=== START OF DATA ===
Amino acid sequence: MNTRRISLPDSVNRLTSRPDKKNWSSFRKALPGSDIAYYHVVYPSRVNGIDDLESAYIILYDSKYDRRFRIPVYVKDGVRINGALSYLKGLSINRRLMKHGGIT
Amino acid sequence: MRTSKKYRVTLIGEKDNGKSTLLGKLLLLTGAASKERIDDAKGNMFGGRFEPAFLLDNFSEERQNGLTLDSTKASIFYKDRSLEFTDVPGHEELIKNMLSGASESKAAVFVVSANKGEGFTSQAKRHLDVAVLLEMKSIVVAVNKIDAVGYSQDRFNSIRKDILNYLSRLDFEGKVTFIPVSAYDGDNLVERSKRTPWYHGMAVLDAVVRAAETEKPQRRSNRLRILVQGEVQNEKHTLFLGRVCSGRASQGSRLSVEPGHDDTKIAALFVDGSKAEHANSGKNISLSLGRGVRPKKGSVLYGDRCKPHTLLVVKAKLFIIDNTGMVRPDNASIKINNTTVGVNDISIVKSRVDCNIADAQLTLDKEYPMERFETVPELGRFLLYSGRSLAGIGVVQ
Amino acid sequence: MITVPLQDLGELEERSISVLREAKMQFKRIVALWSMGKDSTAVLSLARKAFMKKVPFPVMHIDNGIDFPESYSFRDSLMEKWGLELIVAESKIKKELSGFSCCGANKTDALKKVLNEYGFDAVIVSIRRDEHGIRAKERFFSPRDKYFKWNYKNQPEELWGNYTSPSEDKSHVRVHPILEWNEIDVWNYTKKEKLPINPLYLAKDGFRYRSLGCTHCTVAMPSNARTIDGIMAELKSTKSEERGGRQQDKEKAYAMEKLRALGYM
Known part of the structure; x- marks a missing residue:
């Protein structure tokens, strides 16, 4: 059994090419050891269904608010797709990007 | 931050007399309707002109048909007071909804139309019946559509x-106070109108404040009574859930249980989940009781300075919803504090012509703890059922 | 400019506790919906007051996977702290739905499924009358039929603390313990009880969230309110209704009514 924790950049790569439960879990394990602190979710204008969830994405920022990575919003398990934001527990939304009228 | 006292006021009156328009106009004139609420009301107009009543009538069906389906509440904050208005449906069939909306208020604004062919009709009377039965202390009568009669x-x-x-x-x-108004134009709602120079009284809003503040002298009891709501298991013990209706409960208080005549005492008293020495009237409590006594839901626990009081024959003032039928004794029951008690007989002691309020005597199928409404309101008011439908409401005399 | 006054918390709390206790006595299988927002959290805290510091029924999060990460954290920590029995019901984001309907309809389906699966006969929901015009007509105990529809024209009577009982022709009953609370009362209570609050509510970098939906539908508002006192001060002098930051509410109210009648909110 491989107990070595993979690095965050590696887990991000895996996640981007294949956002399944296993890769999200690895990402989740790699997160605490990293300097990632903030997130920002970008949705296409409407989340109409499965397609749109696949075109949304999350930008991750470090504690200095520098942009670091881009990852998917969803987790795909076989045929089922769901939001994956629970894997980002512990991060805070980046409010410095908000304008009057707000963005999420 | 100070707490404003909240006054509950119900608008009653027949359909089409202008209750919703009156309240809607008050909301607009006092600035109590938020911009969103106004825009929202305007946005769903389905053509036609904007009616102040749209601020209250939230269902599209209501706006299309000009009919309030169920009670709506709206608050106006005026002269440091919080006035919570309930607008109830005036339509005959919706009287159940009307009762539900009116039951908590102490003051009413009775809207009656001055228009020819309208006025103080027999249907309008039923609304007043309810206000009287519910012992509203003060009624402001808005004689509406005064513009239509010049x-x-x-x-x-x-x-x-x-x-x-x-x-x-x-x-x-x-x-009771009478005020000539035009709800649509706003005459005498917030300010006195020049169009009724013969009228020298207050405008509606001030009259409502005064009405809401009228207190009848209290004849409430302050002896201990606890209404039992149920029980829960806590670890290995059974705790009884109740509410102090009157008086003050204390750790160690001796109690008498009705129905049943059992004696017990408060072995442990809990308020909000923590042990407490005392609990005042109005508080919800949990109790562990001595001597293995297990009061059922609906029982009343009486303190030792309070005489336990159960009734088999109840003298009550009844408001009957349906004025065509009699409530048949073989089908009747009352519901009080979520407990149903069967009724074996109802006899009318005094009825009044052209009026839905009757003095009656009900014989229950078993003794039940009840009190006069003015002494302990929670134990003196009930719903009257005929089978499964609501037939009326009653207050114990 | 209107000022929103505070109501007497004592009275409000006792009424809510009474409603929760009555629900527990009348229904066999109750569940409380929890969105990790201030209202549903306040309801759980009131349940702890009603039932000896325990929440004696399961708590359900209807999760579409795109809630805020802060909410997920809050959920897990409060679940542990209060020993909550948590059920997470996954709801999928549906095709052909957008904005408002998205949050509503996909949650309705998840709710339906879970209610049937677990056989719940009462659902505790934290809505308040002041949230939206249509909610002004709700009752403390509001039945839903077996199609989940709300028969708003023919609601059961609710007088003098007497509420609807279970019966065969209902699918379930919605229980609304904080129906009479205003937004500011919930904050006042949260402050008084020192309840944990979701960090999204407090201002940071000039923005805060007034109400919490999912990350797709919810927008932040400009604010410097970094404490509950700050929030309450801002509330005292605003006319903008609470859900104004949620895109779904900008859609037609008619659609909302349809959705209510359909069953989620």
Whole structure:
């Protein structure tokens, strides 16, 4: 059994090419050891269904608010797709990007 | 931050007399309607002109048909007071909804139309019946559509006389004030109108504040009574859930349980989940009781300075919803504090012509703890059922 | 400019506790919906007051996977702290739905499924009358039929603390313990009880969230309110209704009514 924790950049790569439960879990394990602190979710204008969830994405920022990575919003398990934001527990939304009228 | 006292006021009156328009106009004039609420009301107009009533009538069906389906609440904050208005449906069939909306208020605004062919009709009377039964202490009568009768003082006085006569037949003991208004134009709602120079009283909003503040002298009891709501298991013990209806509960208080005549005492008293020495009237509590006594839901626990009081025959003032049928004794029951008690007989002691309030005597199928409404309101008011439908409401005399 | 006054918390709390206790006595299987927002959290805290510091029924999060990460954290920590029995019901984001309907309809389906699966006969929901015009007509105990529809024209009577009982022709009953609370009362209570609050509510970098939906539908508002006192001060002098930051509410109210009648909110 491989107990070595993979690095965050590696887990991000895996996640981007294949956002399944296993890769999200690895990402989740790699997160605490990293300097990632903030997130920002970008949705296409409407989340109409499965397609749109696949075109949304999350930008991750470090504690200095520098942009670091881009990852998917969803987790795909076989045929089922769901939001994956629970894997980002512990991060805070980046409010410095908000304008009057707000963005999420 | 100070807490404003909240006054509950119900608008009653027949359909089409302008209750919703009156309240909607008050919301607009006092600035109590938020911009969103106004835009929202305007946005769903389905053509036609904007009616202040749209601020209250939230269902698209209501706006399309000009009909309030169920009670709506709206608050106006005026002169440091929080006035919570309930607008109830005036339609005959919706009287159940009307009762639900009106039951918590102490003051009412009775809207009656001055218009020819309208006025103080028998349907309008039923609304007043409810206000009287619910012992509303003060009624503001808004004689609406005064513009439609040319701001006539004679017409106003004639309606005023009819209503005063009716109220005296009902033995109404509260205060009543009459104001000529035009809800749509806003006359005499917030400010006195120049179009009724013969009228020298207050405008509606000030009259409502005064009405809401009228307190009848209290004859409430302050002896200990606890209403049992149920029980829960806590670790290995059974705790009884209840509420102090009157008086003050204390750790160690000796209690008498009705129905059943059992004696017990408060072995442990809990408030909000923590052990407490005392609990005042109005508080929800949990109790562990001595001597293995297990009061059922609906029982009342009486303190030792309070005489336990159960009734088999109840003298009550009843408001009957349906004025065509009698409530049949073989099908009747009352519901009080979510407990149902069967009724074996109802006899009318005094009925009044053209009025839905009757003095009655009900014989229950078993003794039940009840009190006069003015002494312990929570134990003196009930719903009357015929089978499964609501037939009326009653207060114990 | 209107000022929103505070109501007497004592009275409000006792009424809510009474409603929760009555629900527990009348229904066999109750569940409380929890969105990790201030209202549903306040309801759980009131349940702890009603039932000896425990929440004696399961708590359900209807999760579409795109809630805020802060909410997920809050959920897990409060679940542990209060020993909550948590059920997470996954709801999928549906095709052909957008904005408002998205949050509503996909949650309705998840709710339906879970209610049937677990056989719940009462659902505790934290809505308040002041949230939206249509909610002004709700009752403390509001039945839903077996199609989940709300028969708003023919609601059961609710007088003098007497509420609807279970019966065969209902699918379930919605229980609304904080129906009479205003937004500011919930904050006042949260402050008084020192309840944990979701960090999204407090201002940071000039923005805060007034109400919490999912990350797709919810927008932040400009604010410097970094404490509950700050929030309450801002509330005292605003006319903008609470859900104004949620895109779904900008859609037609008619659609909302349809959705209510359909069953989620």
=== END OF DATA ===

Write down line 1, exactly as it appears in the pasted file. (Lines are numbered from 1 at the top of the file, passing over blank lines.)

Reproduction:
Amino acid sequence: MNTRRISLPDSVNRLTSRPDKKNWSSFRKALPGSDIAYYHVVYPSRVNGIDDLESAYIILYDSKYDRRFRIPVYVKDGVRINGALSYLKGLSINRRLMKHGGIT